NYU Razes Most of Eugene O'Neill's Provincetown Playhouse
By Margaret Foster | Online Only | Sept. 15, 2009
New York University last month demolished more of a 1916 theater than it had pledged to preserve.
Last year the university promised to retain the four original theater walls of the Provincetown Playhouse, a Eugene O'Neill venue, after an earlier, more comprehensive demolition plan prompted outrage and opposition.
In August, however, the Greenwich Village Society for Historic Preservation learned that workers had gone ahead and removed a 46-foot portion of the 89-foot-long north wall.
"There's a very long line of broken NYU promises," says Andrew Berman, executive director of the Greenwich Village Society for Historic Preservation. He points to the 1998 loss of the Palladium night club for a dormitory and the 2001 demolition of the Edgar Allan Poe house, whose facade NYU had promised to save.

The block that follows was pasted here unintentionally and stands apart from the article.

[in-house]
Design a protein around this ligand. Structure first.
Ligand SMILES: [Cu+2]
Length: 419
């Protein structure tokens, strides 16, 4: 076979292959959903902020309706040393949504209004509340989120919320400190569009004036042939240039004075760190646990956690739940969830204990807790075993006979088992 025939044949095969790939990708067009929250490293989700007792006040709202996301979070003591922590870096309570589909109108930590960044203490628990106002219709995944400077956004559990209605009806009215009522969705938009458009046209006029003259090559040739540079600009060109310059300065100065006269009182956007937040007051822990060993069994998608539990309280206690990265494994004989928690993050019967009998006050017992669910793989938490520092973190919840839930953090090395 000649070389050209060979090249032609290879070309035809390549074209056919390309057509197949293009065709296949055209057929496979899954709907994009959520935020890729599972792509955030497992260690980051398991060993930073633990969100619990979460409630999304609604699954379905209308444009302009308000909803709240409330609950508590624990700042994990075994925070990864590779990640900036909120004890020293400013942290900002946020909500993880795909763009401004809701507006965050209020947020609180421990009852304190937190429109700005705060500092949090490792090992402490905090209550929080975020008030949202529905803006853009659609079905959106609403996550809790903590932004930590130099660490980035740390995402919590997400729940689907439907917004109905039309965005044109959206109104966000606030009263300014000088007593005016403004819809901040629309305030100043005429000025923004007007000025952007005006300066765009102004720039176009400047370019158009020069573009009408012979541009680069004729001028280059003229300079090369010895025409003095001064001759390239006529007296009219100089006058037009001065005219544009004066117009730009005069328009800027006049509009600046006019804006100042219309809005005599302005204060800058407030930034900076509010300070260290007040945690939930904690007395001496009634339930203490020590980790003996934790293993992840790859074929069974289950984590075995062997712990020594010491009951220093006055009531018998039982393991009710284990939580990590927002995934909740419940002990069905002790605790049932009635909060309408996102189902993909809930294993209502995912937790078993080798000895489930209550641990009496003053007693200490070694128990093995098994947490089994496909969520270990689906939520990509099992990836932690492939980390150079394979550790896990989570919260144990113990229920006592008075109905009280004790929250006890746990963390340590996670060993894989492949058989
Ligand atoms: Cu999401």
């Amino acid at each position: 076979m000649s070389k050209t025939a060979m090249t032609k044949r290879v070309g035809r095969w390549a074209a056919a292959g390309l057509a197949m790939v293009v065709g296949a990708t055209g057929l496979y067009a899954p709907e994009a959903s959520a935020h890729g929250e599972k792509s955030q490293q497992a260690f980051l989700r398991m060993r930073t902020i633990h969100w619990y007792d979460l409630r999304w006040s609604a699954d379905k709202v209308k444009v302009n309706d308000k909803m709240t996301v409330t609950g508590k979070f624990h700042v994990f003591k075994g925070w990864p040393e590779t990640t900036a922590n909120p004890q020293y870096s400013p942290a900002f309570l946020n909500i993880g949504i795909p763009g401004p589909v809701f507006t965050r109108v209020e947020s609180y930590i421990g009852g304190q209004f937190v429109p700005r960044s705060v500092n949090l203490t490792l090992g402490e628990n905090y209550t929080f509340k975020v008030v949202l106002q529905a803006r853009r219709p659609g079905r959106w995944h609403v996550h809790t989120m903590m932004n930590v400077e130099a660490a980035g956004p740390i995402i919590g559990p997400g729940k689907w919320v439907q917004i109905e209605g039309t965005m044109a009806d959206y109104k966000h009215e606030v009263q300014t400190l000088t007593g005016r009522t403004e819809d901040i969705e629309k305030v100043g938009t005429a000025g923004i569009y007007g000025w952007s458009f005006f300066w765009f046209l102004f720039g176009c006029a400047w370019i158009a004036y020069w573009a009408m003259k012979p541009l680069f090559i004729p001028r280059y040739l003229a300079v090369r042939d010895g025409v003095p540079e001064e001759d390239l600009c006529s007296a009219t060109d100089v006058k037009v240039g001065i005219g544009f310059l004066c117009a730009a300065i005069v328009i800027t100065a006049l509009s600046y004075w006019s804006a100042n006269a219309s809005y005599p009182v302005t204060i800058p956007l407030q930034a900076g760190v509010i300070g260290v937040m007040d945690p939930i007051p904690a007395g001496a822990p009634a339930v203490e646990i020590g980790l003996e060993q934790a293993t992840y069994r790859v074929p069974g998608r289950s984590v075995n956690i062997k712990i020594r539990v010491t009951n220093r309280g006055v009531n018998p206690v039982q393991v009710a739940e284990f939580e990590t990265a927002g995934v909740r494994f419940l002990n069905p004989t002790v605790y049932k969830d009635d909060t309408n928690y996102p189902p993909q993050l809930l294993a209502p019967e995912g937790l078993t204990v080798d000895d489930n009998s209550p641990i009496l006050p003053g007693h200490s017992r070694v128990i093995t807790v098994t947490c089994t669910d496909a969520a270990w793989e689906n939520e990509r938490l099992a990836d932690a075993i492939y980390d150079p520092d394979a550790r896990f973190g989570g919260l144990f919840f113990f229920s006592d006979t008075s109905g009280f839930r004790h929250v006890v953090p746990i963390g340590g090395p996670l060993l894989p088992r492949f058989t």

NYU spokeswoman Alicia Hurley says that safety concerns led the construction crew to remove part of the old brick wall. She points out that only 12 percent of the entire wall area was removed, or 765 square feet of the 6,370-square-foot brick shell.
"The condition of the portion of the northern wall that was supported by rubble and mortar, made the … work not only hazardous to those working on the site but could have led to a collapse," Hurley said in an e-mail.
Berman counters that the brick shell would have been structurally sound had workers not razed almost all of the building. His group hopes to appeal to local officials to be wary of the university's plans to expand its campus by more than three million square feet.
"The most important next step for us is to emphasize to elected officials that this is a systemic, unchanging, ongoing problem with NYU. What we must focus on is the commitment that NYU made to look for locations outside the Village for future expansions and to prioritize preservation over demolition," Berman says. "My hope is that for the future, the local elected officials will learn from this and approach NYU's promises with a more skeptical eye."
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